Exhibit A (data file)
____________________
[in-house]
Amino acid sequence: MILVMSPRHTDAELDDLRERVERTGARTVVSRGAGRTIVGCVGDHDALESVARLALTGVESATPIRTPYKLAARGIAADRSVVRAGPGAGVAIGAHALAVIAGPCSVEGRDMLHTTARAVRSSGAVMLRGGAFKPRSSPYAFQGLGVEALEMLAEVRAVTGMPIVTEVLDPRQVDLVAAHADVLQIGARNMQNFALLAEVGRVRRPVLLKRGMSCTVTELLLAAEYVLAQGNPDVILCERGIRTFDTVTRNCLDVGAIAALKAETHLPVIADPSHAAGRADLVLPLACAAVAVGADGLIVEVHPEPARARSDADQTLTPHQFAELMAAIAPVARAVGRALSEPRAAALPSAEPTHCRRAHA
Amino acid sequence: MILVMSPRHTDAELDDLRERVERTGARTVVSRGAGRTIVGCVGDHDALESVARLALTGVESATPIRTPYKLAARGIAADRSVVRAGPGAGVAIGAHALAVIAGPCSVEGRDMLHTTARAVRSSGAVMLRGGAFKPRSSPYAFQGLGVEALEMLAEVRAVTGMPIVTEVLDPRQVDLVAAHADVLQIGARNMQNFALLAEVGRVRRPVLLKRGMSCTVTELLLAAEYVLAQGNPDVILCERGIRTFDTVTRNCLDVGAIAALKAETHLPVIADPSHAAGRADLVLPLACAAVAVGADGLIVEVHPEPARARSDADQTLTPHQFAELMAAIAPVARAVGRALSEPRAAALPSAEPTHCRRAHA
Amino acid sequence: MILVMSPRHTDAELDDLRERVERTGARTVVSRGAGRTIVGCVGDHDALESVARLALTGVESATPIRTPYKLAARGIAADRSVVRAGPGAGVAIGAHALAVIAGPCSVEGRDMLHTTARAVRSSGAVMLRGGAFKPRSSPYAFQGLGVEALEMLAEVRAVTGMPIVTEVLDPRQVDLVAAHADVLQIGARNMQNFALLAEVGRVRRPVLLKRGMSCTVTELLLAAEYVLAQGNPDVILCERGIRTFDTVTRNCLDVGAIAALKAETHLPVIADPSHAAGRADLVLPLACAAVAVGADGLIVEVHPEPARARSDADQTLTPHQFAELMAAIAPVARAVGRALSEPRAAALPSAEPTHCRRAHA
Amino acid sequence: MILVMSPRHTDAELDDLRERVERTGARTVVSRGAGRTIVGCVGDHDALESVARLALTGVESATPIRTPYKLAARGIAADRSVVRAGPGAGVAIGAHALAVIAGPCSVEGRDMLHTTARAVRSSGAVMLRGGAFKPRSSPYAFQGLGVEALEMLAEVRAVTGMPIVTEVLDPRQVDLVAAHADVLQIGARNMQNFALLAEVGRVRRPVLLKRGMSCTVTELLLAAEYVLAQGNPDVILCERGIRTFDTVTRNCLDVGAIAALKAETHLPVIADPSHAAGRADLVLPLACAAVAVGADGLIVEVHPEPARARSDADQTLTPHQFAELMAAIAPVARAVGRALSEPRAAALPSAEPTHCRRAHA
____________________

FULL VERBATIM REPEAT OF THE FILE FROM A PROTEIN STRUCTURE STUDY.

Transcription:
[in-house]
Amino acid sequence: MILVMSPRHTDAELDDLRERVERTGARTVVSRGAGRTIVGCVGDHDALESVARLALTGVESATPIRTPYKLAARGIAADRSVVRAGPGAGVAIGAHALAVIAGPCSVEGRDMLHTTARAVRSSGAVMLRGGAFKPRSSPYAFQGLGVEALEMLAEVRAVTGMPIVTEVLDPRQVDLVAAHADVLQIGARNMQNFALLAEVGRVRRPVLLKRGMSCTVTELLLAAEYVLAQGNPDVILCERGIRTFDTVTRNCLDVGAIAALKAETHLPVIADPSHAAGRADLVLPLACAAVAVGADGLIVEVHPEPARARSDADQTLTPHQFAELMAAIAPVARAVGRALSEPRAAALPSAEPTHCRRAHA
Amino acid sequence: MILVMSPRHTDAELDDLRERVERTGARTVVSRGAGRTIVGCVGDHDALESVARLALTGVESATPIRTPYKLAARGIAADRSVVRAGPGAGVAIGAHALAVIAGPCSVEGRDMLHTTARAVRSSGAVMLRGGAFKPRSSPYAFQGLGVEALEMLAEVRAVTGMPIVTEVLDPRQVDLVAAHADVLQIGARNMQNFALLAEVGRVRRPVLLKRGMSCTVTELLLAAEYVLAQGNPDVILCERGIRTFDTVTRNCLDVGAIAALKAETHLPVIADPSHAAGRADLVLPLACAAVAVGADGLIVEVHPEPARARSDADQTLTPHQFAELMAAIAPVARAVGRALSEPRAAALPSAEPTHCRRAHA
Amino acid sequence: MILVMSPRHTDAELDDLRERVERTGARTVVSRGAGRTIVGCVGDHDALESVARLALTGVESATPIRTPYKLAARGIAADRSVVRAGPGAGVAIGAHALAVIAGPCSVEGRDMLHTTARAVRSSGAVMLRGGAFKPRSSPYAFQGLGVEALEMLAEVRAVTGMPIVTEVLDPRQVDLVAAHADVLQIGARNMQNFALLAEVGRVRRPVLLKRGMSCTVTELLLAAEYVLAQGNPDVILCERGIRTFDTVTRNCLDVGAIAALKAETHLPVIADPSHAAGRADLVLPLACAAVAVGADGLIVEVHPEPARARSDADQTLTPHQFAELMAAIAPVARAVGRALSEPRAAALPSAEPTHCRRAHA
Amino acid sequence: MILVMSPRHTDAELDDLRERVERTGARTVVSRGAGRTIVGCVGDHDALESVARLALTGVESATPIRTPYKLAARGIAADRSVVRAGPGAGVAIGAHALAVIAGPCSVEGRDMLHTTARAVRSSGAVMLRGGAFKPRSSPYAFQGLGVEALEMLAEVRAVTGMPIVTEVLDPRQVDLVAAHADVLQIGARNMQNFALLAEVGRVRRPVLLKRGMSCTVTELLLAAEYVLAQGNPDVILCERGIRTFDTVTRNCLDVGAIAALKAETHLPVIADPSHAAGRADLVLPLACAAVAVGADGLIVEVHPEPARARSDADQTLTPHQFAELMAAIAPVARAVGRALSEPRAAALPSAEPTHCRRAHA